Dr. Knewton Sakata is the pulmonologist and the chaos began as soon as he walked in the door. He wasn't exactly sure what we were trying to accomplish by requesting a biopsy. After looking through multiple CTs and MRIs, he concluded a bronchoscopy was already attempted in this same area and failed (during this craziness). They couldn't reach the area back in 2017 and ended up abandoning the biopsy. The best evidence we got from that series of biopsies at the time was that everything was benign.
We went back and forth over 2 years of scans and what spots in the lungs grew when and whether those spots were cancer or not. After an hour of animated discussion and a call between the oncologist and the pulmonologist, we came to these five things:
- The growths in Anne-Marie's right lung are considered by the doctors to more likely be cancer than not.
- The biopsy is off. While the specialist at the pulmonology clinic is willing to try again, it's not considered urgent enough to schedule an invasive procedure that is likely to fail.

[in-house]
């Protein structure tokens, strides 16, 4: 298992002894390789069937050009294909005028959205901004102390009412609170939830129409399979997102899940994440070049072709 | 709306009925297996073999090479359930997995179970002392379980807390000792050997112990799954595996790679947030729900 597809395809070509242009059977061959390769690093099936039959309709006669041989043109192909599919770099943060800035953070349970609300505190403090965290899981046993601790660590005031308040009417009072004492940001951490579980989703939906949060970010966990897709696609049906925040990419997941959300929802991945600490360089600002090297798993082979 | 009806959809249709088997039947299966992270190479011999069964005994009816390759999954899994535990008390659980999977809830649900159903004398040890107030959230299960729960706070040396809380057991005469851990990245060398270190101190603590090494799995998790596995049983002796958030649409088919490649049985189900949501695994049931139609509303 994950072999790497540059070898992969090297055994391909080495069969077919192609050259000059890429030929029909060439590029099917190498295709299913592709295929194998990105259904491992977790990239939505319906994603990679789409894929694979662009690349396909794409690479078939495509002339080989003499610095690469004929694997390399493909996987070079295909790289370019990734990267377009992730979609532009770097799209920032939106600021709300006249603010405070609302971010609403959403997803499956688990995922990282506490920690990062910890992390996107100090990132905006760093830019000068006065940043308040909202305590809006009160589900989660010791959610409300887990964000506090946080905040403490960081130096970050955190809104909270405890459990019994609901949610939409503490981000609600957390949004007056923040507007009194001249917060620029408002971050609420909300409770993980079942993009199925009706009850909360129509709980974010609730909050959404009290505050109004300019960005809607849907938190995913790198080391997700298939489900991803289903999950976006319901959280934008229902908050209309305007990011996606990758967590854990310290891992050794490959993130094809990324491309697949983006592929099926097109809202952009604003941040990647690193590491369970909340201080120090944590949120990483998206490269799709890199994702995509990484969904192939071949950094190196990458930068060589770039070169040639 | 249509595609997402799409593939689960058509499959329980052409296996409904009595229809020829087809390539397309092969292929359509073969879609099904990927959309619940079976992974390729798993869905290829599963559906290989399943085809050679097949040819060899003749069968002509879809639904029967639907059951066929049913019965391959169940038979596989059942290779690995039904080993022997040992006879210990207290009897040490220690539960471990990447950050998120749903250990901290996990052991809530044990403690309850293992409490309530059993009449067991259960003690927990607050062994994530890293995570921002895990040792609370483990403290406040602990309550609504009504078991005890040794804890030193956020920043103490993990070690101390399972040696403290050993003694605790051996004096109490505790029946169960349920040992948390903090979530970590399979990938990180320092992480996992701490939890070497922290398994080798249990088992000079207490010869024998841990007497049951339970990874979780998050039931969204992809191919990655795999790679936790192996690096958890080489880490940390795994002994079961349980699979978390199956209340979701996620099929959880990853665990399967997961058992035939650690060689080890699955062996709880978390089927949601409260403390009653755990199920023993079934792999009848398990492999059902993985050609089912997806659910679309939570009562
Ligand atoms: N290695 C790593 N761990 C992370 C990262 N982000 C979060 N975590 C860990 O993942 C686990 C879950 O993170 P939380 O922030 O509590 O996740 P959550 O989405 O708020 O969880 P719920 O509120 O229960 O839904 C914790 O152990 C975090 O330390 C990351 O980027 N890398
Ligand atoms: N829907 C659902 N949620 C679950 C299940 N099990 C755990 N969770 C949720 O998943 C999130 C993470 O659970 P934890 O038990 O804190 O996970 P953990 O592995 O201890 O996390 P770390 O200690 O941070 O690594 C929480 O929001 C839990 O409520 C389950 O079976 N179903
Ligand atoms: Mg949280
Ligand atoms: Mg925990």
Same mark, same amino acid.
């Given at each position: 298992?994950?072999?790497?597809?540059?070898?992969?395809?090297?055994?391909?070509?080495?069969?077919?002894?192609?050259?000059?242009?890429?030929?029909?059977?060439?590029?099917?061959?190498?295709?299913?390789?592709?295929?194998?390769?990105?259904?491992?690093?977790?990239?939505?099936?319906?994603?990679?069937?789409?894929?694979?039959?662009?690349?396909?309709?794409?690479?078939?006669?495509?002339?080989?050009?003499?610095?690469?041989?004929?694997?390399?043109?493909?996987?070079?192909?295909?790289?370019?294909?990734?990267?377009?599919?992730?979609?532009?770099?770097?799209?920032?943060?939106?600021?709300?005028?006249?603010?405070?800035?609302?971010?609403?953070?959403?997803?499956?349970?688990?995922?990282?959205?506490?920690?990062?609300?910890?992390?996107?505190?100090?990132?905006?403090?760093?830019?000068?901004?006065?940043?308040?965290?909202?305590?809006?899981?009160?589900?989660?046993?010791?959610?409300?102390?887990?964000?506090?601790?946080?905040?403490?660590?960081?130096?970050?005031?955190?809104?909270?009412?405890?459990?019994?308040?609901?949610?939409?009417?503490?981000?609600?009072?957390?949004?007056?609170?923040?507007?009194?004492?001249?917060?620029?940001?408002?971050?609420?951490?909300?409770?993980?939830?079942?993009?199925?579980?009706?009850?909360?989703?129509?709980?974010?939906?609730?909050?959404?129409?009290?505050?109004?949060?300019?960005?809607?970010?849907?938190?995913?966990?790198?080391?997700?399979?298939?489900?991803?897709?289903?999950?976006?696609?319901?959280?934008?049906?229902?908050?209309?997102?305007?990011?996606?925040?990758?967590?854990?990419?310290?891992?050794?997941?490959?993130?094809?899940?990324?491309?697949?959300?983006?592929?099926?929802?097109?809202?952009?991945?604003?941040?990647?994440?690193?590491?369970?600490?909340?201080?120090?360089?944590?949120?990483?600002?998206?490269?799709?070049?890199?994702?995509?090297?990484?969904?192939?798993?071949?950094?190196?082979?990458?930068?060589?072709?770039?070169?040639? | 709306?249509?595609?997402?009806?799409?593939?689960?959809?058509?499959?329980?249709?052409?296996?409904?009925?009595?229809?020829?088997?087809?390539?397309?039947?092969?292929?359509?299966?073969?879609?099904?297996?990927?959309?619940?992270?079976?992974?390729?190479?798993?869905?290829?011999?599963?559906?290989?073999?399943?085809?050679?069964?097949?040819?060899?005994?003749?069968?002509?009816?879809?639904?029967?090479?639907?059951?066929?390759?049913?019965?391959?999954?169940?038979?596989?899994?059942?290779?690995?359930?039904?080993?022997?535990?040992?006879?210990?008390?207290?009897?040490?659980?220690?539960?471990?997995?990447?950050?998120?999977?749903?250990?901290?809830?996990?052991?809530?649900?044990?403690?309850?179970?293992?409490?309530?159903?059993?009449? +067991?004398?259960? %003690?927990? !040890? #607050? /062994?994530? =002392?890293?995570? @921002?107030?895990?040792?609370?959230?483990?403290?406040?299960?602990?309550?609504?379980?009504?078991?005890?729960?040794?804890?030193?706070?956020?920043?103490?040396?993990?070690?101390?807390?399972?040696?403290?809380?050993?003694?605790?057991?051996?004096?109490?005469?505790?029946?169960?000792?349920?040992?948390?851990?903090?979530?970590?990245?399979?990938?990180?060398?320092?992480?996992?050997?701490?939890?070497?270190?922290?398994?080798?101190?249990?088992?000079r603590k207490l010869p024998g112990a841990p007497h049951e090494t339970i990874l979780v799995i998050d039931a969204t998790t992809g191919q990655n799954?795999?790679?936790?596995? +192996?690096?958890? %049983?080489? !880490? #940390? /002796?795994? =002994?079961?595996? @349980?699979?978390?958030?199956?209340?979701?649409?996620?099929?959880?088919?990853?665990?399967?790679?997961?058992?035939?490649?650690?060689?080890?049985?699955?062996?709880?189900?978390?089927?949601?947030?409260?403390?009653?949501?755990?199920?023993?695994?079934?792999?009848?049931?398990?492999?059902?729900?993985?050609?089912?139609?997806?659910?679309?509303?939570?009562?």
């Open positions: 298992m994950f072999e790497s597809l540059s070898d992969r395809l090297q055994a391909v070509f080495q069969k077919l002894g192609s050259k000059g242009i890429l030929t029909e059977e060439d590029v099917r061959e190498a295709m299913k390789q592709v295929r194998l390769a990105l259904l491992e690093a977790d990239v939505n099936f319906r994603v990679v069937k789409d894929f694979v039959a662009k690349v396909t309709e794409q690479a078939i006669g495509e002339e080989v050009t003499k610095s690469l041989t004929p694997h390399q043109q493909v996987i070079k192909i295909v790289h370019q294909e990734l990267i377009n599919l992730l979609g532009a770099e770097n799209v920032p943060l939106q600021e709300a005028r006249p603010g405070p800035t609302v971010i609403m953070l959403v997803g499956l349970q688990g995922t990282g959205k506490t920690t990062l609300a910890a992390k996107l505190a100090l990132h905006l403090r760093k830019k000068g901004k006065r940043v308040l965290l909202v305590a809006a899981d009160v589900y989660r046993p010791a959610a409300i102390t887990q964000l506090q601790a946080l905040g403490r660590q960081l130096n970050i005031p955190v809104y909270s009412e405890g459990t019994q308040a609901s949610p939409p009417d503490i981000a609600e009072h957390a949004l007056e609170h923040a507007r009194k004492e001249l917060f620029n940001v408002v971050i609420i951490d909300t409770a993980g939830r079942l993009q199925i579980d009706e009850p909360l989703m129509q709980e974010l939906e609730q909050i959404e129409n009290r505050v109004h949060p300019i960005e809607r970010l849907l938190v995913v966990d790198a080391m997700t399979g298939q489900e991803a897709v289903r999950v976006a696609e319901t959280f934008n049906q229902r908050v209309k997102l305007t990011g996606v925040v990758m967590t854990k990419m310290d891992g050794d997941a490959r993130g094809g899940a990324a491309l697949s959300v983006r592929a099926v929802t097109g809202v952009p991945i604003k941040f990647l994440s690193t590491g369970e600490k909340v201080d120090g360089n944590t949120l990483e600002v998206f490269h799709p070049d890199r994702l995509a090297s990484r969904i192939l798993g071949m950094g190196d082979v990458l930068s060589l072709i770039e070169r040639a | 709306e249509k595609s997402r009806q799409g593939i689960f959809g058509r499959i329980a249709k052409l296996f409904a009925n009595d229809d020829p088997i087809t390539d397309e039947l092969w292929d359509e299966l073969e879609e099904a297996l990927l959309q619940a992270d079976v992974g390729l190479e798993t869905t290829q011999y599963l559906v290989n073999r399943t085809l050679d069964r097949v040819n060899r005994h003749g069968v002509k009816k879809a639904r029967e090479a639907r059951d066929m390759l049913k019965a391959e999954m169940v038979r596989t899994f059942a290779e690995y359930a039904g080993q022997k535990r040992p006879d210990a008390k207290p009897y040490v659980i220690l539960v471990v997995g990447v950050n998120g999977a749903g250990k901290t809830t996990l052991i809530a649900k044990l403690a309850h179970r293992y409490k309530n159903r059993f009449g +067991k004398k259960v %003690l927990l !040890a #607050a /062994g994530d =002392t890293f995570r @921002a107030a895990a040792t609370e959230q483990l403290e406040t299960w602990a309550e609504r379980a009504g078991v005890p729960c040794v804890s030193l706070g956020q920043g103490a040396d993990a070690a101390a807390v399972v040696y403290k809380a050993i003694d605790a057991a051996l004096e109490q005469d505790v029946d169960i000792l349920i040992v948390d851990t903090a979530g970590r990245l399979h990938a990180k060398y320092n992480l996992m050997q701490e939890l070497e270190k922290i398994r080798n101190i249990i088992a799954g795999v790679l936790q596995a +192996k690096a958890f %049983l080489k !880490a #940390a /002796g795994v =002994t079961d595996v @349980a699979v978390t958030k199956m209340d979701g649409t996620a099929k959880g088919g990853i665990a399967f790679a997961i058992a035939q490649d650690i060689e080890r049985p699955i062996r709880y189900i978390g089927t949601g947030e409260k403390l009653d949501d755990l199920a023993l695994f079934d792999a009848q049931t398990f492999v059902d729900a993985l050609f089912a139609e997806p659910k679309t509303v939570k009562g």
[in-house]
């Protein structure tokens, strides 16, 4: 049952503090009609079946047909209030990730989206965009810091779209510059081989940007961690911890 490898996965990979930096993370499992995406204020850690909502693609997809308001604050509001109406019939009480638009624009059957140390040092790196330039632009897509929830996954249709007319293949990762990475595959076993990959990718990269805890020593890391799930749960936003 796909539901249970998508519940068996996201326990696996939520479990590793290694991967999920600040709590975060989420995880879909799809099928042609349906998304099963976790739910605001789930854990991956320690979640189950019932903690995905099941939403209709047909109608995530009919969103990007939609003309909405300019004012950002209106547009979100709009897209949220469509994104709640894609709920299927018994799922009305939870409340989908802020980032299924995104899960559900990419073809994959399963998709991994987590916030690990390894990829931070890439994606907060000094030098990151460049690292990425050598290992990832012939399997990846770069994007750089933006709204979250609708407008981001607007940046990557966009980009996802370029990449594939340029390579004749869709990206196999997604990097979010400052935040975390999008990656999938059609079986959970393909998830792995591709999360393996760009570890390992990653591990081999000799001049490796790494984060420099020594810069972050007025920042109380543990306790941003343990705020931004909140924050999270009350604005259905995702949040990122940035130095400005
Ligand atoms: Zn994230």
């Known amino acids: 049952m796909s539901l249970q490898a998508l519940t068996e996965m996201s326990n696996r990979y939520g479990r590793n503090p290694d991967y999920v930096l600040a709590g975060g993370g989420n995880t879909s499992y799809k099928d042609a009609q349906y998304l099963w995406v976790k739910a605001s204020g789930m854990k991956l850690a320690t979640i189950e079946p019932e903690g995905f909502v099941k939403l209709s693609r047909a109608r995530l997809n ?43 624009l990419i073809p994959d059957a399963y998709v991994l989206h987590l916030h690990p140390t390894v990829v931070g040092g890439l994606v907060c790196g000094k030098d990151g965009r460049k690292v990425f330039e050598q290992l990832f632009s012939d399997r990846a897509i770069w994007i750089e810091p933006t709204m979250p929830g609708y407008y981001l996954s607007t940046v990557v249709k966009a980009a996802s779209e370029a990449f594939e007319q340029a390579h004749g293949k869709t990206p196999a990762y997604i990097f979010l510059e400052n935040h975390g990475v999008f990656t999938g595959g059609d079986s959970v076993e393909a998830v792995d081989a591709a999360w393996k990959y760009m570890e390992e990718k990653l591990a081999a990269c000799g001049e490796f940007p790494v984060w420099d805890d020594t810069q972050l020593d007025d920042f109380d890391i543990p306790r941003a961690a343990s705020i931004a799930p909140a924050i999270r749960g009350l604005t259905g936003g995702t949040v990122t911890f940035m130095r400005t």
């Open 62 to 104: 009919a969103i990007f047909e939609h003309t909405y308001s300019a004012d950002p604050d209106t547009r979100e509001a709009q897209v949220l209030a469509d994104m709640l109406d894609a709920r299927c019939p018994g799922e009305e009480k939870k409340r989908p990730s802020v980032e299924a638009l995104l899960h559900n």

- Instead, we are moving straight into PARP inhibitor treatment (which we were headed towards anyhow)...
- Knowing that if it is cancer, the PARP inhibitors are our best option for treatment and will shrink the cancer...
- Which will be proven on the scans scheduled for the end of the spring.
I appreciate that Dr. Sakata was able to come right out and say "I think it's cancer". It's disappointing, but the scale of disappointment has been scaled up significantly in the past three years, so we're good. Good as we can be. Having a plan of what to do next is now our focus more than two (more) spots of (maybe) cancer.
I will try to give a really bland update about PARP inhibitors, how they work and what that means for us soon.